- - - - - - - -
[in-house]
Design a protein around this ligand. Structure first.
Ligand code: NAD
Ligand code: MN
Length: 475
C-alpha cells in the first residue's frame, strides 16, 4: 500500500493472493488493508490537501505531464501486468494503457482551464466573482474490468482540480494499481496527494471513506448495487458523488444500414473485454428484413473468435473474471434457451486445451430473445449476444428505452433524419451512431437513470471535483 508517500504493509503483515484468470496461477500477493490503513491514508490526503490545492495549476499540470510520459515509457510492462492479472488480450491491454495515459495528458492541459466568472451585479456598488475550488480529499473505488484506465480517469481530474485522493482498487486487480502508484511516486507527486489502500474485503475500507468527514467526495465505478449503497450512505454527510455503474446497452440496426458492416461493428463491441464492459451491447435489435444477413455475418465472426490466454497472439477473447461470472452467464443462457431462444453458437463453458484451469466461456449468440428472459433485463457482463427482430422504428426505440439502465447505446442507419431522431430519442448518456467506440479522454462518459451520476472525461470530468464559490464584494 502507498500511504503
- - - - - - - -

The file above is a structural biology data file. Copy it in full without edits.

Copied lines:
[in-house]
Design a protein around this ligand. Structure first.
Ligand code: NAD
Ligand code: MN
Length: 475
C-alpha cells in the first residue's frame, strides 16, 4: 500500500493472493488493508490537501505531464501486468494503457482551464466573482474490468482540480494499481496527494471513506448495487458523488444500414473485454428484413473468435473474471434457451486445451430473445449476444428505452433524419451512431437513470471535483 508517500504493509503483515484468470496461477500477493490503513491514508490526503490545492495549476499540470510520459515509457510492462492479472488480450491491454495515459495528458492541459466568472451585479456598488475550488480529499473505488484506465480517469481530474485522493482498487486487480502508484511516486507527486489502500474485503475500507468527514467526495465505478449503497450512505454527510455503474446497452440496426458492416461493428463491441464492459451491447435489435444477413455475418465472426490466454497472439477473447461470472452467464443462457431462444453458437463453458484451469466461456449468440428472459433485463457482463427482430422504428426505440439502465447505446442507419431522431430519442448518456467506440479522454462518459451520476472525461470530468464559490464584494 502507498500511504503